Around mile 14 at Avenue of the Giants Marathon

The second half of the race was on smooth pavement, so I was able to look around and enjoy the views a little more.  I felt like the first half was more spectacular and peaceful, but the trees were still inspiring and beautiful on the second half.  It wasn't long before the leaders of the other races started passing me in the opposite direction.  Shortly after, I began to encounter the walkers and slower runners from the other races going in the same direction as me.  I was worried that it was going to get congested and I would need to do a lot of weaving around people, but it never got too difficult to pass.  Everything seemed to flow fairly smoothly.  It was a big running party with people heading in opposite directions and running at different paces.  It became difficult to figure out who was running the full, half, 10K, or 5K.  Everyone was just out running and having an amazing time.

I reached the second turnaround point, around mile 20, feeling good and running strong.  The last six miles are always mentally exhausting, anxiously anticipating each new mile marker long before they make their appearance.  Despite being tired, I never felt drained and I was still enjoying the race.  Passing people is always a mental boost, even if they aren't running the same race as you.  At that point, I had no idea who was running the marathon vs. the 5K.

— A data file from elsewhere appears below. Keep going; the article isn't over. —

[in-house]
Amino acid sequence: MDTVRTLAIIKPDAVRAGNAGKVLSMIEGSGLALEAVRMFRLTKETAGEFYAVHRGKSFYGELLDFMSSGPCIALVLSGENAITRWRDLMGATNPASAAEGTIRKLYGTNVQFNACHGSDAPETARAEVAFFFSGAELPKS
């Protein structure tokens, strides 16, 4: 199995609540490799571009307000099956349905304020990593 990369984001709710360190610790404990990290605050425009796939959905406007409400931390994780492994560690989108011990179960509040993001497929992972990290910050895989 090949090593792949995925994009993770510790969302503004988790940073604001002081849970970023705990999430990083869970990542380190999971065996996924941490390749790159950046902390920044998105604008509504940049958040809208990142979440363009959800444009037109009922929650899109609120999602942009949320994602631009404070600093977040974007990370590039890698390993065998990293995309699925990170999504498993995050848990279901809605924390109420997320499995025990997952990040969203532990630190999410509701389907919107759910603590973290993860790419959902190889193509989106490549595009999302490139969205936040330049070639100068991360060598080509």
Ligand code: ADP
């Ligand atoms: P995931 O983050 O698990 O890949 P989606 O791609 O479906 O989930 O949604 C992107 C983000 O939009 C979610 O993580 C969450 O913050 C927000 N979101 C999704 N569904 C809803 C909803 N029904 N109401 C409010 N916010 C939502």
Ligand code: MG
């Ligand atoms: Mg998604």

I don't wear a GPS watch during races and there were no pace groups or clocks along the course, so I had no idea how fast I was running, but I knew I was having a good race.  It's an awesome feeling to feel strong for the last mile of a marathon - you can celebrate and enjoy the moment instead of just running to get it over with.  There were lots of people lining the course for the last half mile and the cheering was welcomed after a quiet run through the redwoods.  With a final burst of energy, I run up the small hill to the finish, with a time of 3:15:53 for a new marathon PR.  That was a pretty awesome way to finish  an amazingly beautiful run through the redwoods.

Keith and Melissa met me at the finish, and we headed back to the car for food and refreshments.  There wasn't much in the way of food or beer at the finish line, so we were glad we had brought our own.  We headed down to the banks of the Eel river on the sand bar that we had parked, and enjoyed beers, sunshine, and relaxation for the rest of the afternoon.  I was in heaven!

Cheers to a great race!
Eel River at the Dyerville Sand Bar

We camped in the Burlington Campground in Humboldt Redwoods State Park on Sunday night, celebrating our races and enjoying great food and drinks.  The campground was beautiful and surrounded by majestic redwood trees.  We all ended up in our tents fairly early, exhausted from a great day of running.

Camping at the Burlington Campground in Humboldt Redwoods State Park
Melissa celebrating a great day of running

We were all a little sore from running the next morning, but we decided to do some short walks around the redwoods in Humboldt Redwoods State Park before heading up the coast.  We spent a few hours at the Founders' Grove, walking the interpretative trails and enjoying the peaceful beauty of the redwood forest.  It was a great way to say goodbye to this spectacular redwood forest before continuing our trip up the Oregon Coast.

Founders' Grove in Humboldt Redwoods State Park
Keith and Melissa walking through the Founders' Grove
Humboldt Redwoods State Park
Humboldt Redwoods State Park